How to format your references using the Early Medieval Europe citation style
This is a short guide how to format citations and the bibliography in a manuscript for Early Medieval Europe. For a complete guide how to prepare your manuscript refer to the journal's instructions to authors.
Using reference management software
Typically you don't format your citations and bibliography by hand. The easiest way is to use a reference manager:
|Paperpile||The citation style is built in and you can choose it in Settings > Citation Style or Paperpile > Citation Style in Google Docs.|
|EndNote||Download the output style file|
|Mendeley, Zotero, Papers, and others||The style is either built in or you can download a CSL file that is supported by most references management programs.|
|BibTeX||BibTeX syles are usually part of a LaTeX template. Check the instructions to authors if the publisher offers a LaTeX template for this journal.|
Those examples are references to articles in scholarly journals and how they are supposed to appear in your bibliography.
Not all journals organize their published articles in volumes and issues, so these fields are optional. Some electronic journals do not provide a page range, but instead list an article identifier. In a case like this it's safe to use the article identifier instead of the page range.
Books and book chapters
Here are examples of references for authored and edited books as well as book chapters.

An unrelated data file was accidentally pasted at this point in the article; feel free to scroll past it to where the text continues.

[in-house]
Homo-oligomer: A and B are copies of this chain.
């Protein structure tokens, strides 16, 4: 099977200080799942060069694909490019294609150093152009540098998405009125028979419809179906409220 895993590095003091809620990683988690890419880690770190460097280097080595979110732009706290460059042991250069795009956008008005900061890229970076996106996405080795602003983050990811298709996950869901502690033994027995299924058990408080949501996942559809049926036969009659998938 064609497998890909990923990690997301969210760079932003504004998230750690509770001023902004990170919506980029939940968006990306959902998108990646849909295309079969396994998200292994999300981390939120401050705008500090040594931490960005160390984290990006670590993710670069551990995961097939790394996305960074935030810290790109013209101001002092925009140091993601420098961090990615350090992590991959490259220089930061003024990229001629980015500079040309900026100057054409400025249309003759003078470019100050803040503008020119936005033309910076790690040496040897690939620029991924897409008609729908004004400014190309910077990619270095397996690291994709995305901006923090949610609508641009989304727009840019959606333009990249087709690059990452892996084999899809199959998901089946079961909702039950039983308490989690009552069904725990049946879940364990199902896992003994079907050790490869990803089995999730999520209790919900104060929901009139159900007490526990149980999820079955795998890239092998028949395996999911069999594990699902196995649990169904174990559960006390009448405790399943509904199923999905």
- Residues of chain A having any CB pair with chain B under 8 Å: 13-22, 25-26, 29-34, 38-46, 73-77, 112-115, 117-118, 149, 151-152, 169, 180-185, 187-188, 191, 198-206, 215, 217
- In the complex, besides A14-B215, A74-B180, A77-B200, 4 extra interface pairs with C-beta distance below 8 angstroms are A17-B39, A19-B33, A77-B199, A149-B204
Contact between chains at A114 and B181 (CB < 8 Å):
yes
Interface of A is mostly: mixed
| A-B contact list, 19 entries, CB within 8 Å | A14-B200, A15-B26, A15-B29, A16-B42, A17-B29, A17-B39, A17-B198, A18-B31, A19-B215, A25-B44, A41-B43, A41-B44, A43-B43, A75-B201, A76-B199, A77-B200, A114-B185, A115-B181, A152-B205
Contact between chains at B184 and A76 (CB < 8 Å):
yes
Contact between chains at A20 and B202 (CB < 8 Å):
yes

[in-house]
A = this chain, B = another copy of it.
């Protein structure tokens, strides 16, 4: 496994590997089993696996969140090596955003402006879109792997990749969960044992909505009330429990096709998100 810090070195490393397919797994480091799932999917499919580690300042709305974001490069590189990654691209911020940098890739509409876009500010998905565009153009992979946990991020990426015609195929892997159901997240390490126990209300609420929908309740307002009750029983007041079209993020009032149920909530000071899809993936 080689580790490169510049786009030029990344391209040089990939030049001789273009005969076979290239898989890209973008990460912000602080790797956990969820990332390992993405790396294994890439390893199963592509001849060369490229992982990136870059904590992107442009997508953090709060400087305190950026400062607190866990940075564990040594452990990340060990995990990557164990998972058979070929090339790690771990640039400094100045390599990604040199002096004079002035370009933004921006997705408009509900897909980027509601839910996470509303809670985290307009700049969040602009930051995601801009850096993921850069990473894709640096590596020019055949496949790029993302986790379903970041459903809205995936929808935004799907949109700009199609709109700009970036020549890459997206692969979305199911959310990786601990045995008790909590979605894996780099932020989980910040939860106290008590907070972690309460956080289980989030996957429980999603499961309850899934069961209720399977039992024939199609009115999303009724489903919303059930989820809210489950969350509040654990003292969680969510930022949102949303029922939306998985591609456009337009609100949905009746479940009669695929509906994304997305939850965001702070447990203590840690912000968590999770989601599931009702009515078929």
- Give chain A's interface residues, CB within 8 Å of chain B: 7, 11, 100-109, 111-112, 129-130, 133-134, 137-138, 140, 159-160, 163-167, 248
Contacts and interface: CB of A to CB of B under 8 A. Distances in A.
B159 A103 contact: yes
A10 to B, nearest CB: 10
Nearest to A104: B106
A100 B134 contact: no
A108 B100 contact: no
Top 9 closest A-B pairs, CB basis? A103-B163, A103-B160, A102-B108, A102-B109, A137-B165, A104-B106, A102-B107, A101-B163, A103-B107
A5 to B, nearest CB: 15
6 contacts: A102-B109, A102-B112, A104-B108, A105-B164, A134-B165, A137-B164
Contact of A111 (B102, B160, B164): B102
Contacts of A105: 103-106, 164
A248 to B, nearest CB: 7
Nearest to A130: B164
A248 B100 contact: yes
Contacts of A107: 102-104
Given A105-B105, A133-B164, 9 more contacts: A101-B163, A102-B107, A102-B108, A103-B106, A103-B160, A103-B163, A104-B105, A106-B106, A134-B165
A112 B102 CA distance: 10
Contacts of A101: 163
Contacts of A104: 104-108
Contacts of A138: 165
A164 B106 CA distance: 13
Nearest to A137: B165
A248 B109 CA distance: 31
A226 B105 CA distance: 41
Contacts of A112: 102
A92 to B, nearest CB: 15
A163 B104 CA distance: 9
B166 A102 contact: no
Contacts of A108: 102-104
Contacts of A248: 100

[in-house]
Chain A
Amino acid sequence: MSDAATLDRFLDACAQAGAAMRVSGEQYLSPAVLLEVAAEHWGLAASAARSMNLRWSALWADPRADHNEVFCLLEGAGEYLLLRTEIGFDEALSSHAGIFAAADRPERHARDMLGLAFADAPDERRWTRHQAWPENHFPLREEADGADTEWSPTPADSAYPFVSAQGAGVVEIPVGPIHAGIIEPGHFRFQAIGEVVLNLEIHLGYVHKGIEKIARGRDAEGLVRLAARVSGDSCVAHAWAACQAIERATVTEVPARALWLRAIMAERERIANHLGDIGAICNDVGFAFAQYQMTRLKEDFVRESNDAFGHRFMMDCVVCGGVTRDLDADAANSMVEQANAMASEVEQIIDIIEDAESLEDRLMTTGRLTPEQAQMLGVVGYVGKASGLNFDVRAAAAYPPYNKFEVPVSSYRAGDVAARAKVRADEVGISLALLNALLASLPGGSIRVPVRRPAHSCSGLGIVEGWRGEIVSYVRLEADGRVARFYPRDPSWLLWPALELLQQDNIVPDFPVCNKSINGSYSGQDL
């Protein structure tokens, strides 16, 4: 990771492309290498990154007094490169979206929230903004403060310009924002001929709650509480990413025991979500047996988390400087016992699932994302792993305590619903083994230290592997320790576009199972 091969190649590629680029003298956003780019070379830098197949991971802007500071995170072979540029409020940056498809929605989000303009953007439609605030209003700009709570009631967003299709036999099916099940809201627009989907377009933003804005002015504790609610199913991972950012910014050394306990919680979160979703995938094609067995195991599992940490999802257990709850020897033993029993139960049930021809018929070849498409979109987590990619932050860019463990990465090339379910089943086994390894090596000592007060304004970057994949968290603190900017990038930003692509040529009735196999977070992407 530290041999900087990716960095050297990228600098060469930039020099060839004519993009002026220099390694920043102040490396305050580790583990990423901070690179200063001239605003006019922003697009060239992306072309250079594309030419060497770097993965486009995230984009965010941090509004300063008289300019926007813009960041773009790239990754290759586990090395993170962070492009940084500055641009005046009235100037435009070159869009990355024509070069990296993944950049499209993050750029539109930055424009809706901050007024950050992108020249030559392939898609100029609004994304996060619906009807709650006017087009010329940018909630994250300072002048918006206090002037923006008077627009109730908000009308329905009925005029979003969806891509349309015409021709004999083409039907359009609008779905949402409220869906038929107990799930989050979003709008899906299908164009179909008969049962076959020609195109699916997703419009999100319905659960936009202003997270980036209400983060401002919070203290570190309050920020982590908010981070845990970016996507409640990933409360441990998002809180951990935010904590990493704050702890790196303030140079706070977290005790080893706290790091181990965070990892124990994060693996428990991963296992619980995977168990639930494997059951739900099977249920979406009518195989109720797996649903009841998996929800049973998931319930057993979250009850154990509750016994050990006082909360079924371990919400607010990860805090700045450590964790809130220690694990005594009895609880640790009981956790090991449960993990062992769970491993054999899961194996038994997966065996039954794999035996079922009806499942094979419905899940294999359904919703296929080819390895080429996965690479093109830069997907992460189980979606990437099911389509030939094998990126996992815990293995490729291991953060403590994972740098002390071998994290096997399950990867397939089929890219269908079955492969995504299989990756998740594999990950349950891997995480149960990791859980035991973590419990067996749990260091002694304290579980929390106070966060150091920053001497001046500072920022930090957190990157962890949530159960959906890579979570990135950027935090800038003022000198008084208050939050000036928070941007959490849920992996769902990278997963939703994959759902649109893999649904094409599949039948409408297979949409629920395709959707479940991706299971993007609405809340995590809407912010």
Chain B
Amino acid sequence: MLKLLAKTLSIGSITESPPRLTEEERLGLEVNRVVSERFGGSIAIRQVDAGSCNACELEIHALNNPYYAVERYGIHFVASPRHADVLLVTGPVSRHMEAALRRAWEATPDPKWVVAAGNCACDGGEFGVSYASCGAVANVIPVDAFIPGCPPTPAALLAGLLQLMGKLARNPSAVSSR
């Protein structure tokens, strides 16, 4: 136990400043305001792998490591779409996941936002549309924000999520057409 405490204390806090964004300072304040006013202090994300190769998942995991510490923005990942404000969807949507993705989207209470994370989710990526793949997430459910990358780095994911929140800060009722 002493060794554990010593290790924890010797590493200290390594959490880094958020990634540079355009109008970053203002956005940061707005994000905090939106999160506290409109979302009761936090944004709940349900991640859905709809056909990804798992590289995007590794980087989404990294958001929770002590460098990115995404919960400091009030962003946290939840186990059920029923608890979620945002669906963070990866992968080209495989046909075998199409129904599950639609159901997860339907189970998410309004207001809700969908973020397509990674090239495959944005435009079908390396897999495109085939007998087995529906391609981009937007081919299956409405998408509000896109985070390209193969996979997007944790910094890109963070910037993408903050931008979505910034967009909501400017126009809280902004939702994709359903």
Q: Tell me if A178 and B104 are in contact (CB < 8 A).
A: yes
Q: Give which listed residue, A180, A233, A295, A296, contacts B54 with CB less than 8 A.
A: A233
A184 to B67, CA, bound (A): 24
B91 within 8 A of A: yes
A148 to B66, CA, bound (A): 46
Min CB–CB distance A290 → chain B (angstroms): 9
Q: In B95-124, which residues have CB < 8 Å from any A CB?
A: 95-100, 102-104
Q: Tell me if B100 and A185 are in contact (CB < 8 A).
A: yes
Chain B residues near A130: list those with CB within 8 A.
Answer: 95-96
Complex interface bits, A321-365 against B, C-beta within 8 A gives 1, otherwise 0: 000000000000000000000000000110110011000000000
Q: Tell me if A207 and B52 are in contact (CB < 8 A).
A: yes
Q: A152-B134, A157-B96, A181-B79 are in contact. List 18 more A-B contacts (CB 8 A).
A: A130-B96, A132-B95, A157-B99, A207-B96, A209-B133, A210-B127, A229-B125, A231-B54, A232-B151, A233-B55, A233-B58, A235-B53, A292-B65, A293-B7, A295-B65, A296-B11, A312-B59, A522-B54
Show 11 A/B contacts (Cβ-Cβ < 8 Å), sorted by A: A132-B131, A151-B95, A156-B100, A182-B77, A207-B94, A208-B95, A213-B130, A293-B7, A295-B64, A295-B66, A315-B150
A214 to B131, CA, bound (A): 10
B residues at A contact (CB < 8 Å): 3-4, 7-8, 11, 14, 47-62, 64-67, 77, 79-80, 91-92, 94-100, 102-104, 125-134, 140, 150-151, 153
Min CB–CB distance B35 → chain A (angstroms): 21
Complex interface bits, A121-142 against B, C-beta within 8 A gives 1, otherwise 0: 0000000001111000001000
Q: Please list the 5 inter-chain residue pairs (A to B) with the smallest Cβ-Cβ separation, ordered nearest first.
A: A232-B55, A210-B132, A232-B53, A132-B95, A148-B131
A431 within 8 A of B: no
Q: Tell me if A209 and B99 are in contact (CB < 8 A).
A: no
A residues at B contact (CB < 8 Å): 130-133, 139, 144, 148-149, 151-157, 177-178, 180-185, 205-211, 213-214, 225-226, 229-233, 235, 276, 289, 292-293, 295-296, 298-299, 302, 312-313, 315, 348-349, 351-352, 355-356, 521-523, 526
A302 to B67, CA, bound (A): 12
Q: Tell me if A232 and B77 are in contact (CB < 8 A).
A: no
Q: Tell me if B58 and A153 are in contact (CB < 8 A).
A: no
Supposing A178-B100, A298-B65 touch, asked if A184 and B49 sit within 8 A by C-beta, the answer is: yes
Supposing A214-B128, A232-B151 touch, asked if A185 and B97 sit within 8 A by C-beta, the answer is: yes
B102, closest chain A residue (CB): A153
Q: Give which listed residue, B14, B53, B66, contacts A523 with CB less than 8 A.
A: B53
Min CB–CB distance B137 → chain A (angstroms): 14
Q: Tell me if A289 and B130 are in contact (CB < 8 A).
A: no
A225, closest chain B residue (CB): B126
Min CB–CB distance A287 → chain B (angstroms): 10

This example shows the general structure used for government reports, technical reports, and scientific reports. If you can't locate the report number then it might be better to cite the report as a book. For reports it is usually not individual people that are credited as authors, but a governmental department or agency like "U. S. Food and Drug Administration" or "National Cancer Institute".
Theses and dissertations
Theses including Ph.D. dissertations, Master's theses or Bachelor theses follow the basic format outlined below.
News paper articles
Unlike scholarly journals, news papers do not usually have a volume and issue number. Instead, the full date and page number is required for a correct reference.
References should be cited in the text by name and year in parentheses:
This sentence cites two references G. Duncan, ‘Engineering. Privacy by design’, Science (New York, N.Y.) 317.5842 (2007), pp. 1178–9; P.C. England and R.F. Katz, ‘Global systematics of arc volcano position’, Nature 468.7325 (2010), pp. E6-7; discussion E7-8..
Here are examples of in-text citations with multiple authors:
- Two authors: P.C. England and R.F. Katz, ‘Global systematics of arc volcano position’, Nature 468.7325 (2010), pp. E6-7; discussion E7-8.
- Three authors: T. Yamashita, T. Hige, and T. Takahashi, ‘Vesicle endocytosis requires dynamin-dependent GTP hydrolysis at a fast CNS synapse’, Science (New York, N.Y.) 307.5706 (2005), pp. 124–7.
- 4 or more authors: G.A. Wu et al., ‘Genomics of the origin and evolution of Citrus’, Nature 554.7692 (2018), pp. 311–6.
About the journal
|Full journal title||Early Medieval Europe|
|Abbreviation||Early Mediev. Eur.|
|Scope||Arts and Humanities (miscellaneous)|
Geography, Planning and Development